Imagine the hottest day of a Nebraska summer. Now add ten degrees to the temperature. Now picture yourself wearing full-body personal protective equipment and a respirator, while pushing large metal parts around on carts.
That’s a normal August day in the life of a Kaser powder coating team member.
I think it’s very important for anyone considering a career in powder coating to realize that powder coating is, in fact, manual labor, and that it can be very physically taxing, particularly in the summer months.
Kaser Blasting & Coatings is a batch/booth “job shop”, meaning that we don’t have an automated line – there’s no conveyor belt system moving our parts through the powder coating process for us. We’re the ones transporting parts from the blast booth, to the pretreatment area, to the oven to dry, to the powder booth for coating, back to the oven to cure, and eventually to the packaging area. If it’s a batch of small fixtures, all of this movement is no problem: we hang parts on wheeled carts, and as long as the parts are light, the carts are easy enough to move.
But if we’re powder coating a batch of large parts weighing up to 2000 pounds a piece – particularly if these parts are oddly-shaped, or are unbalanced in any way on the wheeled racks – the process suddenly becomes much more demanding.
Imagine that you’re the pretreatment operator: you’re in the wash bay (which must stay sealed during pretreatment to avoid letting out any moisture), and you’re wearing long rain pants, a rain jacket, rubber boots, a half-face respirator, and gloves. Your skin is fully covered to avoid interaction with the pretreatment chemicals, which aren’t terribly caustic but could cause damage to exposed skin over time. The oven is nearby, so it’s hot, and you’re pretreating a very large part, meaning that the wash bay is growing increasingly humid with every gallon of water you use.
Now imagine that you’re spraying powder coating. The parts are already hung, so there isn’t much heavy lifting, but your booth is near the oven, there’s no water anywhere nearby to cool you off (like there would be in the wash bay), and you’re wearing a full Tyvek suit with a hood and a full-faced respirator. The heat is intense, and the awkward angles at which you sometimes have to hold the powder coating gun can cause muscle soreness.
If you’re the team member responsible for moving parts into and out of the oven, you’re literally walking into the oven – which has cooled down quite a bit since being at a peak temperature of 400 degrees F, but is still much warmer than the shop floor – wearing long, heat-resistant gloves, and pushing hot, heavy metal carts around.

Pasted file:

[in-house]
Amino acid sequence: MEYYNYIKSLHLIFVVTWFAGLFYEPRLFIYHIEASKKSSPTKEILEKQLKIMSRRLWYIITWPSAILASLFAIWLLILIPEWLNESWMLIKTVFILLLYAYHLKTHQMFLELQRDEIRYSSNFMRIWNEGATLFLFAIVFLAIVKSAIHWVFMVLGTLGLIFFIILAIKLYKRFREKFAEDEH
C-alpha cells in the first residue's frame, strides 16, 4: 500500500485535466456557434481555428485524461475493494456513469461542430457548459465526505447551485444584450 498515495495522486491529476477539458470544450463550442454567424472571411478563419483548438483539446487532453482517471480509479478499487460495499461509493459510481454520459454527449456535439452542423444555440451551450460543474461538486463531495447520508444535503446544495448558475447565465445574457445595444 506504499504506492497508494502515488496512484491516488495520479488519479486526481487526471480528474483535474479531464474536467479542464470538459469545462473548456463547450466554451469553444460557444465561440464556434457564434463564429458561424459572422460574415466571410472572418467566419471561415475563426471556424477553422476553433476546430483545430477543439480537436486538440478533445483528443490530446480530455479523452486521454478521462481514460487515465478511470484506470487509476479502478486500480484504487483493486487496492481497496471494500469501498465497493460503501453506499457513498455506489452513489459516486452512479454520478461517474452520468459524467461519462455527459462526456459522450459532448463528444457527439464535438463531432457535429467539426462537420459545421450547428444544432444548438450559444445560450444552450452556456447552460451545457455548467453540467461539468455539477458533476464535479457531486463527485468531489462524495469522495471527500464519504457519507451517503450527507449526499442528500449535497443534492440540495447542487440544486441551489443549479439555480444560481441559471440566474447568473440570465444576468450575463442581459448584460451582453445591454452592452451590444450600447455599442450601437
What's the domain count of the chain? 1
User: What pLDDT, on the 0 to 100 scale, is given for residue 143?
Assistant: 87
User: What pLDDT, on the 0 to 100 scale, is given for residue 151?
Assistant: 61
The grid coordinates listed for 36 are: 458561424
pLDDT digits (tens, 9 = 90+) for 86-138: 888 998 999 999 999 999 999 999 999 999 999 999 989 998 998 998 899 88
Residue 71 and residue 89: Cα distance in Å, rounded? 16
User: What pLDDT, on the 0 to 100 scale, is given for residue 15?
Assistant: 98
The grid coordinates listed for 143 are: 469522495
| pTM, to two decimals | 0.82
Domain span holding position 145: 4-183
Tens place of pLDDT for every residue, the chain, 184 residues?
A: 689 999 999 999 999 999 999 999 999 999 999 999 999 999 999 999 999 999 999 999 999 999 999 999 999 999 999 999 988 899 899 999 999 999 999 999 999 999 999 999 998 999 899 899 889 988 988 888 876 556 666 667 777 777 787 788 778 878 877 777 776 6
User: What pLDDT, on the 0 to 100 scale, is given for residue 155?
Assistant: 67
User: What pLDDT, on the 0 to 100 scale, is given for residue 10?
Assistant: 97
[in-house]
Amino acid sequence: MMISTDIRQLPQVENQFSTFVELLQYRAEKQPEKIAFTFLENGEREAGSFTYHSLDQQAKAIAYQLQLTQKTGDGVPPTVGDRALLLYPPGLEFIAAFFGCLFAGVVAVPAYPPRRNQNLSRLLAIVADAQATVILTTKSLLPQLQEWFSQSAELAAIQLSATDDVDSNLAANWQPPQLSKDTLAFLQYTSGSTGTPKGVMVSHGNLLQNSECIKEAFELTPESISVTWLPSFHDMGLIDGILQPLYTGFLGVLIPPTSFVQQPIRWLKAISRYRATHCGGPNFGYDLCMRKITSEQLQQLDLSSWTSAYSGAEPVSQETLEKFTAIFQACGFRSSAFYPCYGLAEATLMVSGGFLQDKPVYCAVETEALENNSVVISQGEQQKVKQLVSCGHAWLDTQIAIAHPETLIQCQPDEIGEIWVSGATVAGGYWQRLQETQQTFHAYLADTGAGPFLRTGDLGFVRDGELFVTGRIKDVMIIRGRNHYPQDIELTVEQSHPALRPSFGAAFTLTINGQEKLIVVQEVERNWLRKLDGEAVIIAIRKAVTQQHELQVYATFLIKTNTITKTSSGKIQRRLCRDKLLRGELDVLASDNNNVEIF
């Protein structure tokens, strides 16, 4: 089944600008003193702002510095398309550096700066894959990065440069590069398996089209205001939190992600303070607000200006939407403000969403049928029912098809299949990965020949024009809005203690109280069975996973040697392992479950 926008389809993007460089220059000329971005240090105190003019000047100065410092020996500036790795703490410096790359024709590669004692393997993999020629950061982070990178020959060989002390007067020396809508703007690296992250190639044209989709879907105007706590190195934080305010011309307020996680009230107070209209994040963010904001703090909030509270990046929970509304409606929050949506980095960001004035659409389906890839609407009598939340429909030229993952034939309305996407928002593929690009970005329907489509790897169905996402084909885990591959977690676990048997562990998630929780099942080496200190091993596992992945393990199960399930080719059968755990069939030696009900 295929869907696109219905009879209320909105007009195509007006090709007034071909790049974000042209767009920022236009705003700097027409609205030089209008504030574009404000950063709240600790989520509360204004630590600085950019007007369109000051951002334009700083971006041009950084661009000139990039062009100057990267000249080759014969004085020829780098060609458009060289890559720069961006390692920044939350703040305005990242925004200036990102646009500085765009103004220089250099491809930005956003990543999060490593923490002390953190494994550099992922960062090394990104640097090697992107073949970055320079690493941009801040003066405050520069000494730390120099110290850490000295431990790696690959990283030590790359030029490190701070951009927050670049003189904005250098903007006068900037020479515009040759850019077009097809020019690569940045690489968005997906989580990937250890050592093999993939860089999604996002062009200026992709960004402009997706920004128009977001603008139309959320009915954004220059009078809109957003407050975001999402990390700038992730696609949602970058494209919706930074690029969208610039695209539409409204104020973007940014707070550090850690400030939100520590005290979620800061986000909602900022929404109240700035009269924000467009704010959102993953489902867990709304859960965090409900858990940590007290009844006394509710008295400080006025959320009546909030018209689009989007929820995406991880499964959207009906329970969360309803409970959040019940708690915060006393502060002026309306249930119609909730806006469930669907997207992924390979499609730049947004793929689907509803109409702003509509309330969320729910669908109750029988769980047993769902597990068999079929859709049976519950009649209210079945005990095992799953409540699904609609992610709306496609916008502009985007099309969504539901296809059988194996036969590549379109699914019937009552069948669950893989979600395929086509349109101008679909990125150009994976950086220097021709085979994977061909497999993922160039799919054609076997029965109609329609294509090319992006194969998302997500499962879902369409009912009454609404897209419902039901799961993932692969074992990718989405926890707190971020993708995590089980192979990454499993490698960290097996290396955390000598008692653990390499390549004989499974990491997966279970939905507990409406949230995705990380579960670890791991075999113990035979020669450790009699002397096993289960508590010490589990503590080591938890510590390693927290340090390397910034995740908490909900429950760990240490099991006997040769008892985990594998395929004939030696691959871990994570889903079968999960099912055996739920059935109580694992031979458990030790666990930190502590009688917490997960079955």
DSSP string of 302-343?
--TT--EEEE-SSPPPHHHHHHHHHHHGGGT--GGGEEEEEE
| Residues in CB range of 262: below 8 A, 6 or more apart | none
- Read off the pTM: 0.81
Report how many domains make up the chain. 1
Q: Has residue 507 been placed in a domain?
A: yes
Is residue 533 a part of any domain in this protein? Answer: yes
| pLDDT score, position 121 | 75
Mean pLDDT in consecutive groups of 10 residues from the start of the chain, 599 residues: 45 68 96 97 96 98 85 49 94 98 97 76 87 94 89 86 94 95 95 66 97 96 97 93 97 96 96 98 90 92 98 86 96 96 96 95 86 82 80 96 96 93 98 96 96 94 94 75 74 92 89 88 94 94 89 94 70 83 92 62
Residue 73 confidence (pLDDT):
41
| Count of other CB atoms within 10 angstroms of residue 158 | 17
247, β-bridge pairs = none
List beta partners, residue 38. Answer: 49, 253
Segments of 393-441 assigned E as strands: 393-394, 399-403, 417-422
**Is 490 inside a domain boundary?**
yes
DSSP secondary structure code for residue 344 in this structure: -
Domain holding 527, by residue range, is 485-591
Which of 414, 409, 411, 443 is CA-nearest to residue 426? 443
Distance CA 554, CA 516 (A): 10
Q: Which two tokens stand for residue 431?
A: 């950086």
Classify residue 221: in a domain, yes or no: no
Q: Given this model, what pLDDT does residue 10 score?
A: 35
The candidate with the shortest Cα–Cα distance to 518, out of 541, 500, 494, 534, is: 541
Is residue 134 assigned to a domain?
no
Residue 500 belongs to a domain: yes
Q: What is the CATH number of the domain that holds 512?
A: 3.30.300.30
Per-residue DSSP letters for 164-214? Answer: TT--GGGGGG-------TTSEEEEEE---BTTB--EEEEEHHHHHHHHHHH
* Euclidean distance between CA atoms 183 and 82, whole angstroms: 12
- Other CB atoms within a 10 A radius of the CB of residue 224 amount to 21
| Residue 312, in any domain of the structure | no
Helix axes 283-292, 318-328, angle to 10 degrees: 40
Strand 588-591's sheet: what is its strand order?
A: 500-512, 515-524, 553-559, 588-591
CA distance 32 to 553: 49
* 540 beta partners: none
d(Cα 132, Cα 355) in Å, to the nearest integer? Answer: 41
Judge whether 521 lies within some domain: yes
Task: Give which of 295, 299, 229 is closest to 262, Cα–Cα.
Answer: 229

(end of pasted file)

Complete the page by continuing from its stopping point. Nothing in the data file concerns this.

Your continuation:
It’s no surprise, then, that I like to hire new powder coating team members in early spring. It’s best to give them plenty of time to get acclimated, not only to the physical challenges of moving large parts around, but also to the gradually-increasing summer heat. The candidates most likely to excel in these conditions are the people who played sports in high school, enjoy lifting weights, and lead active lives. A certain amount of physical conditioning helps to avoid injury and burnout.
My advice to anyone who manages a powder coating operation: provide a cool place for team members to take breaks, have plenty of bottled water and sports drinks available at all times, and talk to your team about the dangers of heat. Air conditioning the entire shop floor is not feasible, but keeping the break room at 68 degrees F is a must. When summer rolls around, most of our safety meetings are about best practices for staying healthy in the heat. Hydration is easy to overlook when the shop is busy, so in addition to scheduling time in the air-conditioned break room, we also schedule water intake: one bottle of water per person every hour.
Air movement on the shop floor is also key. Kaser has 14 drum fans running at any given time during the summer months. Another effective (but more costly) way to help control the heat is to utilize roof and wall vents – properly located, vents create natural convection, allowing the hottest air to rise and exit the building.
Whether you are a powder coating professional, aspire to be a powder coating professional, know a powder coating professional, or manage a powder coating team, spread the word: summer heat is out to get you.